January 17, 2012

WORKOUTS HAVE THEIR LIMITS, recognized or not. “While public health officials bemoan the tendency of most people to do little exercise, if any, physiologists are fretting over the opposite trend: an increasing focus on extreme exercise among some recreational athletes. Weight lifting with no rest between sets and with no days off. Endurance training with no easy days or days off. Competitions that encourage excess.” That kind of weight lifting might work for you, for a while at least, if you’re using anabolic steroids. Otherwise, not.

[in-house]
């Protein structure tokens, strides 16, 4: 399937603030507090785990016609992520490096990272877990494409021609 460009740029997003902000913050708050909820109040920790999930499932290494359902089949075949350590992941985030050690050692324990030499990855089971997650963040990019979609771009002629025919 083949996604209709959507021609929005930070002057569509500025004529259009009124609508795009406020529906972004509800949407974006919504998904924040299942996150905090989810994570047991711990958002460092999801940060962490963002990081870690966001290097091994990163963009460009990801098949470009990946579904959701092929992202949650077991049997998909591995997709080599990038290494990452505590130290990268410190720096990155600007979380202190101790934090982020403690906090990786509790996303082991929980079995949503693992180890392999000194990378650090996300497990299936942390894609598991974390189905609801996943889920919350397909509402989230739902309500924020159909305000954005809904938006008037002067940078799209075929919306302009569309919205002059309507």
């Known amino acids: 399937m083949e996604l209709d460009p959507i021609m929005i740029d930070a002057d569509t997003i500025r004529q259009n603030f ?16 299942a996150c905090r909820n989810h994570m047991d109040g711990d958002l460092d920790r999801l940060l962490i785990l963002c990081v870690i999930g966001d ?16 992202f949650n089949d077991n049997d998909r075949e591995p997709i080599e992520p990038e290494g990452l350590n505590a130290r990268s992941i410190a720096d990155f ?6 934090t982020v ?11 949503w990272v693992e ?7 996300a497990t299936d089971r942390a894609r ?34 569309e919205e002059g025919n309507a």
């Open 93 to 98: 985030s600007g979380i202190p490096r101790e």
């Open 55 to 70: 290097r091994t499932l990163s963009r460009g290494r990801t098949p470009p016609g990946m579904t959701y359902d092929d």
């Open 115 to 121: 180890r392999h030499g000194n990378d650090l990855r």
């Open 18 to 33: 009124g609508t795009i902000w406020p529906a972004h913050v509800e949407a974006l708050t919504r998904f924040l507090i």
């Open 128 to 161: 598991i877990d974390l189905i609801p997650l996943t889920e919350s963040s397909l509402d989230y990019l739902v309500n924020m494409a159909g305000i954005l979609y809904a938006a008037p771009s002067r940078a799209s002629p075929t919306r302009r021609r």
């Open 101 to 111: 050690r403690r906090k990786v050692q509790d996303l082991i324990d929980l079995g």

As Mark Rippetoe notes, if you’re training hard enough to make progress, you’ll be sore, and if you’re training often enough to make progress you’ll wind up using muscles while they’re still sore sometime. I can generally tell when I’ve overdone it because I feel tired all day, instead of for just an hour or so after my workout. Then I lighten up for a few days. Every few months I take a clean week off to let stuff catch up. That’s the formula used by old-timey bodybuilders and lifters and since — like them — I’m not using steroids, I figure it’s pretty good. Then again, my fitness goals are comparatively modest: To be reasonably strong, reasonably fit, and uninjured. Those who want to be competitive lifters or bodybuilders will have to take more risks of injury.

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